The deadline for the purchase of Le Biot was approaching but we still didn’t have a firm date for completion on our house. And then came very bad news – our buyers couldn’t get their money until mid-July. We were plunged into gloom, but almost as quickly came good news from France – the vendors couldn’t complete by the end of June and asked for a new date of July 12. This gave us the breathing space we needed, and with some chivvying of banks, and help from Foreign Currency Direct, our money got to France on the 12th and we signed on the 13th. I’ve never felt such relief when those keys were placed in our hands and I have to admit, the tears did flow.
Finally the house was ours. We emptied the removal van that we had brought over full to bursting then sat back with a nice glass of a local refreshment.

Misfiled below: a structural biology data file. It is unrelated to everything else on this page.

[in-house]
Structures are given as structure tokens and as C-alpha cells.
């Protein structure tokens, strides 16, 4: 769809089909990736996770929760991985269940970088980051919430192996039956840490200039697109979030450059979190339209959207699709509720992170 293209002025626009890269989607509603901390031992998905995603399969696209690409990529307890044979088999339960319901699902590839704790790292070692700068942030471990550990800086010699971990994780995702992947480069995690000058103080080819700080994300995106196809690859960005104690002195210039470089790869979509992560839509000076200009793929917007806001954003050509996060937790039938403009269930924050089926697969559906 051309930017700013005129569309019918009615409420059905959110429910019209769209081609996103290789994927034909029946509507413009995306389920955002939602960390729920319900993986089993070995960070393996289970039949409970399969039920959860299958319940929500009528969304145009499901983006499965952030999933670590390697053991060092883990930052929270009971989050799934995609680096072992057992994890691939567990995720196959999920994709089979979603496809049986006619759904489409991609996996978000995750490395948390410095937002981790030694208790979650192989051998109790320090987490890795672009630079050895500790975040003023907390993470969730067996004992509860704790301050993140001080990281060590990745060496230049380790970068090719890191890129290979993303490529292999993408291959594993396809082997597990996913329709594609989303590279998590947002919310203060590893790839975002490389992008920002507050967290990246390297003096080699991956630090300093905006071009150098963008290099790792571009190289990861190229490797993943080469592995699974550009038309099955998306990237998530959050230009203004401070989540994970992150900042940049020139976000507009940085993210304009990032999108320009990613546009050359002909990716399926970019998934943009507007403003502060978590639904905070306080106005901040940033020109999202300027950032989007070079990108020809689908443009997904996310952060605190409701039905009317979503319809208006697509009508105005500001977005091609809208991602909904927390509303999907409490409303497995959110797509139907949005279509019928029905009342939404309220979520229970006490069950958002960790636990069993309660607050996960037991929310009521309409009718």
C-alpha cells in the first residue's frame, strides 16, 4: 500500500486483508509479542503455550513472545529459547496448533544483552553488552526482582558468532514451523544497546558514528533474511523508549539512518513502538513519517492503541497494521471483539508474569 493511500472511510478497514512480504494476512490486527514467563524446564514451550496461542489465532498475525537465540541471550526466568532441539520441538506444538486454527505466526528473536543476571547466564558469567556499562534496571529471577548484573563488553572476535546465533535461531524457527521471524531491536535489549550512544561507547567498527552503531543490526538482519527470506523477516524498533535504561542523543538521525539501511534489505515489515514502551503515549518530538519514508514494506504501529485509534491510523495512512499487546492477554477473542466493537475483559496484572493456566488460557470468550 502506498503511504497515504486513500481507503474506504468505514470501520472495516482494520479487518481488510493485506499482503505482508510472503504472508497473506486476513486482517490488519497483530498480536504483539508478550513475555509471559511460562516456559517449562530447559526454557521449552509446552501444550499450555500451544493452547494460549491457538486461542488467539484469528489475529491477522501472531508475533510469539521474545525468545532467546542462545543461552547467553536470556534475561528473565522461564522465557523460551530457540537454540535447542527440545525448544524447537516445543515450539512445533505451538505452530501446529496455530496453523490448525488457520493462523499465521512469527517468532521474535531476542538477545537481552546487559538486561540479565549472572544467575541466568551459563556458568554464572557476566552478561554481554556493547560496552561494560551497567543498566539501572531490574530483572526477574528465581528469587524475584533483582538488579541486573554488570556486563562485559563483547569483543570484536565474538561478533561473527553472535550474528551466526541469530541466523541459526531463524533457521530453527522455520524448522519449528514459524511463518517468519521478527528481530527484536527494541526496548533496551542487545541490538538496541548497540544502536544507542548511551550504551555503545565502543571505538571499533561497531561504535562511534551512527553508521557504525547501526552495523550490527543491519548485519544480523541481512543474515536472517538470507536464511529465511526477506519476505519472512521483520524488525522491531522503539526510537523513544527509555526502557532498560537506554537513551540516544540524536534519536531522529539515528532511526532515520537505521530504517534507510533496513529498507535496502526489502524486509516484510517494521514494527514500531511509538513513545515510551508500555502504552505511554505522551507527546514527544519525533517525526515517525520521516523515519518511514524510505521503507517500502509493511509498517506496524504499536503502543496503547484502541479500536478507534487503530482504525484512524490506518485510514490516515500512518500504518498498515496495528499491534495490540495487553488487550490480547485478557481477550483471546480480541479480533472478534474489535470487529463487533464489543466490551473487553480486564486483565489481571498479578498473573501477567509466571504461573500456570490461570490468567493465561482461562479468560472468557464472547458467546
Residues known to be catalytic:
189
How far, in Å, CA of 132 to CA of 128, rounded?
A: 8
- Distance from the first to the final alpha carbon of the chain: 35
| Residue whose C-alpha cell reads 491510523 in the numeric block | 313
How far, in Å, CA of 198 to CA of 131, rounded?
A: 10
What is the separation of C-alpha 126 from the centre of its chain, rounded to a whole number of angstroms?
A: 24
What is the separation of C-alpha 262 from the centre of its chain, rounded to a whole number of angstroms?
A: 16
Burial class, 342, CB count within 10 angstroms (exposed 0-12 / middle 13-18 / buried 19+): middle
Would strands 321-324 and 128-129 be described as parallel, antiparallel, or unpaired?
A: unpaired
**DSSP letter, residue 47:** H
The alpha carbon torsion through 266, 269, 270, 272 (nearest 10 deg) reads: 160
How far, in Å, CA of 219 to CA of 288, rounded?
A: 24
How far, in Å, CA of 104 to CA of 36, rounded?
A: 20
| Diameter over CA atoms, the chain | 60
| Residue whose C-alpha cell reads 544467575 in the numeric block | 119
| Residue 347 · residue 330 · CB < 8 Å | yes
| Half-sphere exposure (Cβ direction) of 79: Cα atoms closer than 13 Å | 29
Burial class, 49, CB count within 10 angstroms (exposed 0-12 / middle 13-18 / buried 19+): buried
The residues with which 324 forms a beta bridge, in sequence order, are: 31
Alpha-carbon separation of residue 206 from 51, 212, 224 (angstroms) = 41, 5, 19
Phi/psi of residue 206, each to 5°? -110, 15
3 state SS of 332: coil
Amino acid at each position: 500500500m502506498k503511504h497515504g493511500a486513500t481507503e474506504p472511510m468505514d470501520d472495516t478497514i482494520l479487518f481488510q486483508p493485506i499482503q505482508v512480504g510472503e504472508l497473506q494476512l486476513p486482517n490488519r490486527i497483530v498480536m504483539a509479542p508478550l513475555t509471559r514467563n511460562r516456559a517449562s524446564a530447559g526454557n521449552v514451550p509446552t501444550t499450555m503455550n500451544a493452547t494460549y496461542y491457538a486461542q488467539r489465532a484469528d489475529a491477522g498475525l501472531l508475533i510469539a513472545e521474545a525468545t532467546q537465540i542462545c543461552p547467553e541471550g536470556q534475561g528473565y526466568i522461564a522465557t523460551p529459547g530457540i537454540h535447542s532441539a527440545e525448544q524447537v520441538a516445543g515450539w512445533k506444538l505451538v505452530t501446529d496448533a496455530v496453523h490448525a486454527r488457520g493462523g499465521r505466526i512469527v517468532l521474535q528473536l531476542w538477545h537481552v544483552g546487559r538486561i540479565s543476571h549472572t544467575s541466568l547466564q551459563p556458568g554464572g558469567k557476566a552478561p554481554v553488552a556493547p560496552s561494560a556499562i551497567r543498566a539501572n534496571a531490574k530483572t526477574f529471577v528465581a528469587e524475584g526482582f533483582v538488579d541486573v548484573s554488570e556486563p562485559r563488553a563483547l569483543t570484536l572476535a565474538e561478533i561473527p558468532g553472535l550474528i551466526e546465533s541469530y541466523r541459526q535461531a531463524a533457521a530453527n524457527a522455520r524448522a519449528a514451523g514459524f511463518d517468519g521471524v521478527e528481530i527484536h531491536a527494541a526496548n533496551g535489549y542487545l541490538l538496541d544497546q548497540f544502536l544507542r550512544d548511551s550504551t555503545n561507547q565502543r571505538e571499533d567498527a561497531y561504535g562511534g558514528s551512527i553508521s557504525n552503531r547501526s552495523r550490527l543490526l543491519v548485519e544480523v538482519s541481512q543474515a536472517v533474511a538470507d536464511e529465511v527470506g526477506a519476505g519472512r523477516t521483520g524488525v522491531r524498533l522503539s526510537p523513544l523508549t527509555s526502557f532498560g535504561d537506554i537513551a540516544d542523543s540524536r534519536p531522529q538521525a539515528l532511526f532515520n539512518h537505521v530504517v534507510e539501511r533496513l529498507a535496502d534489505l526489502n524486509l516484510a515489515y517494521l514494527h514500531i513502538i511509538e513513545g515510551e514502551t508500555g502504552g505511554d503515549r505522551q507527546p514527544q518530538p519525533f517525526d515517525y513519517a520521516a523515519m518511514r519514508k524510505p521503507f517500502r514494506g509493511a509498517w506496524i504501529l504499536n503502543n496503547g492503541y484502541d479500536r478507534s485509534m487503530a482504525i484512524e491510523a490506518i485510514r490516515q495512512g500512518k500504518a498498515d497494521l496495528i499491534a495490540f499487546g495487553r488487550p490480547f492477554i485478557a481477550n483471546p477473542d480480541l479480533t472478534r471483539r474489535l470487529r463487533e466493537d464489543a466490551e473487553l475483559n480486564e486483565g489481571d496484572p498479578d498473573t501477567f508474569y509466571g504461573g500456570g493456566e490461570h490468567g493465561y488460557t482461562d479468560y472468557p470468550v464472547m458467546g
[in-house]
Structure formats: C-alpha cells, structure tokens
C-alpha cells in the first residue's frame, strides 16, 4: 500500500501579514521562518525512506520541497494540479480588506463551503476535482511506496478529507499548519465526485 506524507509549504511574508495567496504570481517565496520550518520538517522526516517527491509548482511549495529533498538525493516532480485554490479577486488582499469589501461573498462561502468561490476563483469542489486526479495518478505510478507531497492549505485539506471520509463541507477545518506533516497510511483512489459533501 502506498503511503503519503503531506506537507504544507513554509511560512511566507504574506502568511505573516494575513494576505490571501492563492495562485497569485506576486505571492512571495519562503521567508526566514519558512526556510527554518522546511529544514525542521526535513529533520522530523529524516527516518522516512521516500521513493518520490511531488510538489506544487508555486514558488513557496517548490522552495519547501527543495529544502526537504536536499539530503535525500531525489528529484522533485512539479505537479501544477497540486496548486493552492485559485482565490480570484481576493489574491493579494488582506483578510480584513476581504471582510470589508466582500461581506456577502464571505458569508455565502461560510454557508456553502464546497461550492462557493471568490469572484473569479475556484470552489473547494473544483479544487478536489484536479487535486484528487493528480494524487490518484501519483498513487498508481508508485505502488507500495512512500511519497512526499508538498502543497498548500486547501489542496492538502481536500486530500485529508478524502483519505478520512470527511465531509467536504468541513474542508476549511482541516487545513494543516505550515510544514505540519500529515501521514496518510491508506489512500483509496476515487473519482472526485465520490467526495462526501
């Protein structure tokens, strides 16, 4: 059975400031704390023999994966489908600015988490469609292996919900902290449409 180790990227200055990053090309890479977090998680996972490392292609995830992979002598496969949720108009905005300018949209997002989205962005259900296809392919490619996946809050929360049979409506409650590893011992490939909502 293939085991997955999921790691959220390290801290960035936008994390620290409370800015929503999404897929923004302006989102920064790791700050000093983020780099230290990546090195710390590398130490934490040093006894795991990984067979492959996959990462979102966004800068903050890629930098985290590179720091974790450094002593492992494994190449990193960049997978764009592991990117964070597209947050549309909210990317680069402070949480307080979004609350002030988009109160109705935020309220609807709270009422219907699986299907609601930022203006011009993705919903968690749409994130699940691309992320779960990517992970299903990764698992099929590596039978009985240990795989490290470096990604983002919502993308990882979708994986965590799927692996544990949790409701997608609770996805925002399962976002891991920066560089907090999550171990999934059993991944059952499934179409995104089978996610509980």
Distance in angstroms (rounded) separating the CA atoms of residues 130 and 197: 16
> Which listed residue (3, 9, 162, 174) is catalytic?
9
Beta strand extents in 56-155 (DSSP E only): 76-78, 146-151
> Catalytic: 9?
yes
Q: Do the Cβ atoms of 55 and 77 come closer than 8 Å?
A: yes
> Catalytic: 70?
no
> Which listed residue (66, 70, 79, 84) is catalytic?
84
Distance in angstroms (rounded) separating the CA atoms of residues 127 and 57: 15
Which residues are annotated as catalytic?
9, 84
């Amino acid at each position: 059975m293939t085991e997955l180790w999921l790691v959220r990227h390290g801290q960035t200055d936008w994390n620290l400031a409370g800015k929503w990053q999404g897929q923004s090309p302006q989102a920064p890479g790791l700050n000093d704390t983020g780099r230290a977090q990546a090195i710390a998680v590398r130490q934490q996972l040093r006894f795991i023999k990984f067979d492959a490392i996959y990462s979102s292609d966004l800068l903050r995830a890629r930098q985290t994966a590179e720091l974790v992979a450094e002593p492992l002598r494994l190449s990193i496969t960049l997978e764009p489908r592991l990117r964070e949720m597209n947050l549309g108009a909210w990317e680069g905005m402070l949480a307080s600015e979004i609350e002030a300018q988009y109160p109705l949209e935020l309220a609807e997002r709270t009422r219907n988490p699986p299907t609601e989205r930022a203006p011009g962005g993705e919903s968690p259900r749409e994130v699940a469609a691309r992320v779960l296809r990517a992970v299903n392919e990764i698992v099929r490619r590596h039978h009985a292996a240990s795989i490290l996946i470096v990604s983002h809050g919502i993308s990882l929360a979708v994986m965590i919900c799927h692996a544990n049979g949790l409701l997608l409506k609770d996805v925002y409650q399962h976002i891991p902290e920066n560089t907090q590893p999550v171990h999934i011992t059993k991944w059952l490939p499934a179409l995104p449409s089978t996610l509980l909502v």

Sadly, we couldn’t stay long in our new home, as we still had things to sort out in the UK but we also needed to find a school for Joel, so in the August we went back to France for a two-week holiday. A school in Thonon called Lycée du Versoie was recommended by our neighbours so we arranged a meeting for the Monday. They were very surprised to hear that Joel wanted schooling in France but offered him a place on the understanding that he would start the following Monday. The look of shock on Joel’s face was there for all to see but he swallowed hard and decided to give it a go, even though we had to return to England that same Monday, so it meant him staying in France alone and boarding at the school.